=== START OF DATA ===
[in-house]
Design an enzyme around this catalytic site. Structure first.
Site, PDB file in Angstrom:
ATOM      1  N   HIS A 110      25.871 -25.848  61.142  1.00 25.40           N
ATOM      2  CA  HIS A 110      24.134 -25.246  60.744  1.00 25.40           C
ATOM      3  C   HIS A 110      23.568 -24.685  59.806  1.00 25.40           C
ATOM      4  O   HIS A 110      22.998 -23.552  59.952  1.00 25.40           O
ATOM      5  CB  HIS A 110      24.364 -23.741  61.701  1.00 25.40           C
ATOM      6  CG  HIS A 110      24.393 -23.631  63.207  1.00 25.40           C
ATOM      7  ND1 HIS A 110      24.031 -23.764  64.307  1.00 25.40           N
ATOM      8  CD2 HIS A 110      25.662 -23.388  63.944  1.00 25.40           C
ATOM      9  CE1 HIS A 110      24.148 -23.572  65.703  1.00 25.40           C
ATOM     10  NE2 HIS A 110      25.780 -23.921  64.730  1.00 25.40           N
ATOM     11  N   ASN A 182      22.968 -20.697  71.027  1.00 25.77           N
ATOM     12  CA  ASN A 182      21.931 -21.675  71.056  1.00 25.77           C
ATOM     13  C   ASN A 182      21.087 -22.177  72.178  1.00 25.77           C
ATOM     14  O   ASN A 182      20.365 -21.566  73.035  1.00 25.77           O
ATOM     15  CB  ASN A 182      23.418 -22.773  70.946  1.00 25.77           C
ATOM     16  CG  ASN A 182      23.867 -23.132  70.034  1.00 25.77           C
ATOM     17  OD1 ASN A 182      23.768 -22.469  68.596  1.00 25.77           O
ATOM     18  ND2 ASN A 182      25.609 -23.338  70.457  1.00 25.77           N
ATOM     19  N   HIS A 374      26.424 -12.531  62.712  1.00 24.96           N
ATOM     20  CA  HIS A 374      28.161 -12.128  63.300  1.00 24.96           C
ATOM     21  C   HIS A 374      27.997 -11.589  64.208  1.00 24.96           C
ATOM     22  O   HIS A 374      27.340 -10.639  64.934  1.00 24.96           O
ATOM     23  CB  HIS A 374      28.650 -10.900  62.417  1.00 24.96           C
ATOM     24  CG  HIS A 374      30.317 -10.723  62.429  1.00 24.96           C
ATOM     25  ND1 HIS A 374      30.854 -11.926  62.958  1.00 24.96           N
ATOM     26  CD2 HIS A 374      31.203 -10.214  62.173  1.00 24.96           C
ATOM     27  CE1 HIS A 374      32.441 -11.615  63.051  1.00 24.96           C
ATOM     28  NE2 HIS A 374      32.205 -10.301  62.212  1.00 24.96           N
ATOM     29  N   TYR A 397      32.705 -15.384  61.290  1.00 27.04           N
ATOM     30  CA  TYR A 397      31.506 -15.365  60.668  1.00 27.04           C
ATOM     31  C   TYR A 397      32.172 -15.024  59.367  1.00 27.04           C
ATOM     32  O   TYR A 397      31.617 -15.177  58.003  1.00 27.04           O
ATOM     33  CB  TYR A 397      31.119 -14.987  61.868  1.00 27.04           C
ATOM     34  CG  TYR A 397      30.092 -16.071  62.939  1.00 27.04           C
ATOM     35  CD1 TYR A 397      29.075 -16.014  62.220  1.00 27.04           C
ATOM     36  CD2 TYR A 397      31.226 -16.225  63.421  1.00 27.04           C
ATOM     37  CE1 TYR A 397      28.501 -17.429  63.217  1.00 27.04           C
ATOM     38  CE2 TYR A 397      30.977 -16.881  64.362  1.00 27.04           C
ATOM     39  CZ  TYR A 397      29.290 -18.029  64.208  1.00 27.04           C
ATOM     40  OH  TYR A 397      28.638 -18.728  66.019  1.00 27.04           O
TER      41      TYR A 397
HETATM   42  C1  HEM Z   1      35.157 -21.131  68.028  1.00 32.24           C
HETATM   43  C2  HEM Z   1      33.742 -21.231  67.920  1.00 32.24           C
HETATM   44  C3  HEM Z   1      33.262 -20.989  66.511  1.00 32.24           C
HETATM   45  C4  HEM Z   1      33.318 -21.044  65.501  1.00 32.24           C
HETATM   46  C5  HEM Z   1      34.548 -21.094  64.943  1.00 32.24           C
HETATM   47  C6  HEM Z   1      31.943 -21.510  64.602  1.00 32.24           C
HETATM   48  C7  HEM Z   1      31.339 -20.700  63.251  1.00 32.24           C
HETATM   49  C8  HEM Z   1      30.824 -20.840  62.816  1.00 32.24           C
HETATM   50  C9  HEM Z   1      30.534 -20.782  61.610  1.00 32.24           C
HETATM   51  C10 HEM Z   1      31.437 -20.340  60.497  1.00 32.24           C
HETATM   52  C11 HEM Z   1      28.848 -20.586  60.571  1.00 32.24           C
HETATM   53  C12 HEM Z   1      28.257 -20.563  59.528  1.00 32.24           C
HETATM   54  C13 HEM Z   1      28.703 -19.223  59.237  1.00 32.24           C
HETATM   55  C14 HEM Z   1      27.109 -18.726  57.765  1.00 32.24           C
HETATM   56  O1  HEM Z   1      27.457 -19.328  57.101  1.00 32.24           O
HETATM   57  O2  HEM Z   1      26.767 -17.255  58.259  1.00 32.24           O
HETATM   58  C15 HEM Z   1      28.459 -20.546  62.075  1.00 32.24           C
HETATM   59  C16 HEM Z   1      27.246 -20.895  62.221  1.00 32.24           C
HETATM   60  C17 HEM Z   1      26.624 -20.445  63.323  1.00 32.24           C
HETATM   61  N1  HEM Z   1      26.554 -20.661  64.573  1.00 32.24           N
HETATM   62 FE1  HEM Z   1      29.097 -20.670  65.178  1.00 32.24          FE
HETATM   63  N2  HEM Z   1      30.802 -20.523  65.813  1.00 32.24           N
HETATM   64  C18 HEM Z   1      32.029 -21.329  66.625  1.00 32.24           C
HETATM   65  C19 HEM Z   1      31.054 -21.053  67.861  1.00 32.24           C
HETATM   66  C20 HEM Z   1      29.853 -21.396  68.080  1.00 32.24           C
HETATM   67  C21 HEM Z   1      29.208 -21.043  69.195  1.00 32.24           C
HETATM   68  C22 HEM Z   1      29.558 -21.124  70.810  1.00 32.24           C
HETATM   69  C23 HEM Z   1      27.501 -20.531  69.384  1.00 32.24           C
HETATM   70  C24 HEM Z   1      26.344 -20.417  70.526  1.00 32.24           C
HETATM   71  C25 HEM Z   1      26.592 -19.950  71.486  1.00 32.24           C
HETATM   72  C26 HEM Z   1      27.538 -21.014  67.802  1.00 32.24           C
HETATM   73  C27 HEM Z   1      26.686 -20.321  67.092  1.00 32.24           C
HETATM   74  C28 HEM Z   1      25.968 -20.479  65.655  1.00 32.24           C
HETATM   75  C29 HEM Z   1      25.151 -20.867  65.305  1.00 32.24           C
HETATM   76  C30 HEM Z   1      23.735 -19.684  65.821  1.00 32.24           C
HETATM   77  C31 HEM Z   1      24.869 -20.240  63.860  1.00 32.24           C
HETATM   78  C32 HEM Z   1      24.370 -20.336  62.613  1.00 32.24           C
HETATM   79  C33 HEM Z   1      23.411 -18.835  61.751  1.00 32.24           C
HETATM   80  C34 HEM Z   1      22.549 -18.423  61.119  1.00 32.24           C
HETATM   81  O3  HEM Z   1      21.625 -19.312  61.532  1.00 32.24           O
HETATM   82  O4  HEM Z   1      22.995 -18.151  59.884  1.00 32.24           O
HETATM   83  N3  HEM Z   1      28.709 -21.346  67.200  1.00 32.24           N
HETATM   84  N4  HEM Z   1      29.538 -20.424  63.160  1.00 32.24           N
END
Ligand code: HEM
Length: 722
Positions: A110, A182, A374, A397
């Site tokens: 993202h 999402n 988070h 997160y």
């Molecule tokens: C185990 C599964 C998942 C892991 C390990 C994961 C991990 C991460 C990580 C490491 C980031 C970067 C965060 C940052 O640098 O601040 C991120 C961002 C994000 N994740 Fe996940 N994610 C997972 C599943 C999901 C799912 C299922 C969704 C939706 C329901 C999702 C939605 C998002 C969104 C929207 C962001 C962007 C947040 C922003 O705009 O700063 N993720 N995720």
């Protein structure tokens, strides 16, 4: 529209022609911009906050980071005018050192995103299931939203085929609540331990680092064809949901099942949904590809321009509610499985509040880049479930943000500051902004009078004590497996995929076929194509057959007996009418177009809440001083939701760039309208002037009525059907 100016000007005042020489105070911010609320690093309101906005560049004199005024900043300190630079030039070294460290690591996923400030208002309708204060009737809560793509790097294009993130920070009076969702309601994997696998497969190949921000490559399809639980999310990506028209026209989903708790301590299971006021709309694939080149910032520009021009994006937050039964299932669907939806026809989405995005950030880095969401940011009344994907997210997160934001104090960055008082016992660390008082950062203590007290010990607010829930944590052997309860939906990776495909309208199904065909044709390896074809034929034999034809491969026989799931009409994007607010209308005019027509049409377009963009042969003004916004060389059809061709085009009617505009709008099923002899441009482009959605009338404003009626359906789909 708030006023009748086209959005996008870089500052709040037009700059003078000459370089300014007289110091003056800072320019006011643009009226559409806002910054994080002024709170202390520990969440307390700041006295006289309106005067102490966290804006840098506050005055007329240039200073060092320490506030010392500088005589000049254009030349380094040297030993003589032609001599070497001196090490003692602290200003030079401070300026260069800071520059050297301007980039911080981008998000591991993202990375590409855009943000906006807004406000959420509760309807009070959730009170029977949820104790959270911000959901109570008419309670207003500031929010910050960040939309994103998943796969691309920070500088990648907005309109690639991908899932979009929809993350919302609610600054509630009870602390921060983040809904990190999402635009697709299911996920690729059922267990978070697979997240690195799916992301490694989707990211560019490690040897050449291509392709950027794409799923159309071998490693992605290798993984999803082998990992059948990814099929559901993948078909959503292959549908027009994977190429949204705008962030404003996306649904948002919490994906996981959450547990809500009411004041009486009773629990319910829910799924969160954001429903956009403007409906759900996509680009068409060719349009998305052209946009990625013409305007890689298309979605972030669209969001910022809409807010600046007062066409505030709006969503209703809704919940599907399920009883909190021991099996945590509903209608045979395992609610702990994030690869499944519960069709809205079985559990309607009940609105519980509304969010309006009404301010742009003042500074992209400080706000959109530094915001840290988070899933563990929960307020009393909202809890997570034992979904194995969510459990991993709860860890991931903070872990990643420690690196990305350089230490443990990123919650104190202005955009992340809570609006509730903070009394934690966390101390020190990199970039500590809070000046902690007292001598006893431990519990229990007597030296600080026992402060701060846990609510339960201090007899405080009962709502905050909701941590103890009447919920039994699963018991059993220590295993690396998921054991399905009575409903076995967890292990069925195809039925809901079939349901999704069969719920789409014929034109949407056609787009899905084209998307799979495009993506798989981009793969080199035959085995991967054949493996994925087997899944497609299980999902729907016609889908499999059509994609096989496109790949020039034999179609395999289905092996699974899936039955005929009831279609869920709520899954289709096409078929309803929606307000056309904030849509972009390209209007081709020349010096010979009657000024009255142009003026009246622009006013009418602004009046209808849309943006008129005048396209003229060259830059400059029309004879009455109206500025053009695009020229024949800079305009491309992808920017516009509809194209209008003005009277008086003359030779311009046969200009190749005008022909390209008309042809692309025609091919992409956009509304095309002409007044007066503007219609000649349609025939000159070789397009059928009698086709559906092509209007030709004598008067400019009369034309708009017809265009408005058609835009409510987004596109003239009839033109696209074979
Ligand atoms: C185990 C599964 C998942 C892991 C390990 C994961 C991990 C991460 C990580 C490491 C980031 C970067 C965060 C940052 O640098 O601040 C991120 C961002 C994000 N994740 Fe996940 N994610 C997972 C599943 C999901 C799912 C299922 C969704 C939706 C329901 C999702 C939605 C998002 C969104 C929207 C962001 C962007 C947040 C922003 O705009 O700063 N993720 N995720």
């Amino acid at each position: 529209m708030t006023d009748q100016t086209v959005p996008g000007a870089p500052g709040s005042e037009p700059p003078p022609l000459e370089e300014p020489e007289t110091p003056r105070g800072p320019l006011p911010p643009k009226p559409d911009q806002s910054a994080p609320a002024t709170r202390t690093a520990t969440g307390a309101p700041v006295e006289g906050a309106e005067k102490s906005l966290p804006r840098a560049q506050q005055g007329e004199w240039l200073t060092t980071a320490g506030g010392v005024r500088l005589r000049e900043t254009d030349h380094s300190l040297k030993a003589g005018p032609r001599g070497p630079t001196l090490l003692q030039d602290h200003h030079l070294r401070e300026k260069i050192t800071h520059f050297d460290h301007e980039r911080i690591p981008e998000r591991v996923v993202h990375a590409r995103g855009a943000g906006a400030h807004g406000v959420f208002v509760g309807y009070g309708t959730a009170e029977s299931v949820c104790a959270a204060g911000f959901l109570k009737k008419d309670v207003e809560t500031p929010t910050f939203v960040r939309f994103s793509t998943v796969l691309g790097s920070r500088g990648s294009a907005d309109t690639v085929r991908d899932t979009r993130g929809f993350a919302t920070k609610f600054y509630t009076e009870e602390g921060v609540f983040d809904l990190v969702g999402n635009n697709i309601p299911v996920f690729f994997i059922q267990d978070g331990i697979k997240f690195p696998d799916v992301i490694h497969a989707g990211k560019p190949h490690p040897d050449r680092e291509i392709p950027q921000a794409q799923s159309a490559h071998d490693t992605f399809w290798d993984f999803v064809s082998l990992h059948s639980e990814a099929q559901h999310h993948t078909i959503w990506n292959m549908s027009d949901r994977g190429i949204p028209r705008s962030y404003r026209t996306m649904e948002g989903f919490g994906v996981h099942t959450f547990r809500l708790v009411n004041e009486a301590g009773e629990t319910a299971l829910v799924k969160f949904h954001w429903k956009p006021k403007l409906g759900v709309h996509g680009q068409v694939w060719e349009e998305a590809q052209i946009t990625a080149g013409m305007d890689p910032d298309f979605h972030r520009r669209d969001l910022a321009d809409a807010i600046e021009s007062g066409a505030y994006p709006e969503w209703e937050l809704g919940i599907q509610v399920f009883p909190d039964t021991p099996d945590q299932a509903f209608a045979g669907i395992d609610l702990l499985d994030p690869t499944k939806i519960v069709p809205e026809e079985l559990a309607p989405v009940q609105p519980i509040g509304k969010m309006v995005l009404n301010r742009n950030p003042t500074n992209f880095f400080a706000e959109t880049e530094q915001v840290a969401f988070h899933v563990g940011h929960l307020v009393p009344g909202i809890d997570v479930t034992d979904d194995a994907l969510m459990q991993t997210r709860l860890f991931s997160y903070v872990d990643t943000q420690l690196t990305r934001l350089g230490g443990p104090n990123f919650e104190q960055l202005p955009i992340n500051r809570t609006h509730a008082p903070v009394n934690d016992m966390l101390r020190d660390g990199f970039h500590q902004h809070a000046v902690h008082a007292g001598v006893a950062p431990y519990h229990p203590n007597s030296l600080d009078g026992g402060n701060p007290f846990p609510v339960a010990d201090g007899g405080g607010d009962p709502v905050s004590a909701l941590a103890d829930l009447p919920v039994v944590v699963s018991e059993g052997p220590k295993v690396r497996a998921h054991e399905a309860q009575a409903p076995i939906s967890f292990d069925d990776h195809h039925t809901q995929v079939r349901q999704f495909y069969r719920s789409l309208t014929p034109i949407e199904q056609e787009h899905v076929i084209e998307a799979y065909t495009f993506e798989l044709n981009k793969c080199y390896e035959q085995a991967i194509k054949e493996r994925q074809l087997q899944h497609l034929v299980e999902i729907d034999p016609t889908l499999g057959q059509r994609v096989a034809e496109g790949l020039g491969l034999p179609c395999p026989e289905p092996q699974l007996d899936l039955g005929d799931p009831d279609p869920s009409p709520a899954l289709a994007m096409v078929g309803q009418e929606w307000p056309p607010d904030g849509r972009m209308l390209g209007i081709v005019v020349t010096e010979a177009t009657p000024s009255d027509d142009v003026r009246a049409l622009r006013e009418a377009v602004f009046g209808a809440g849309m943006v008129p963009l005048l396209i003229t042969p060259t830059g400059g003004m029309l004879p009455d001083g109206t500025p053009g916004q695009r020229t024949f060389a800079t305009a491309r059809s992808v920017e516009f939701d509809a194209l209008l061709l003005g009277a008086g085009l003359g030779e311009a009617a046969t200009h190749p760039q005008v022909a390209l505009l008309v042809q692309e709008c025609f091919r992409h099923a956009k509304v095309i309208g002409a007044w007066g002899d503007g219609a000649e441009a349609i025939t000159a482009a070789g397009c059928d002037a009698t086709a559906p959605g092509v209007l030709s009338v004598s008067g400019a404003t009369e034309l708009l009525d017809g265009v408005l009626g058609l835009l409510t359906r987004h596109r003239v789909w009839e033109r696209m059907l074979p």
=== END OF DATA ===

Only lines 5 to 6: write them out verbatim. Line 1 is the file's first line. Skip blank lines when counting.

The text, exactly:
ATOM      2  CA  HIS A 110      24.134 -25.246  60.744  1.00 25.40           C
ATOM      3  C   HIS A 110      23.568 -24.685  59.806  1.00 25.40           C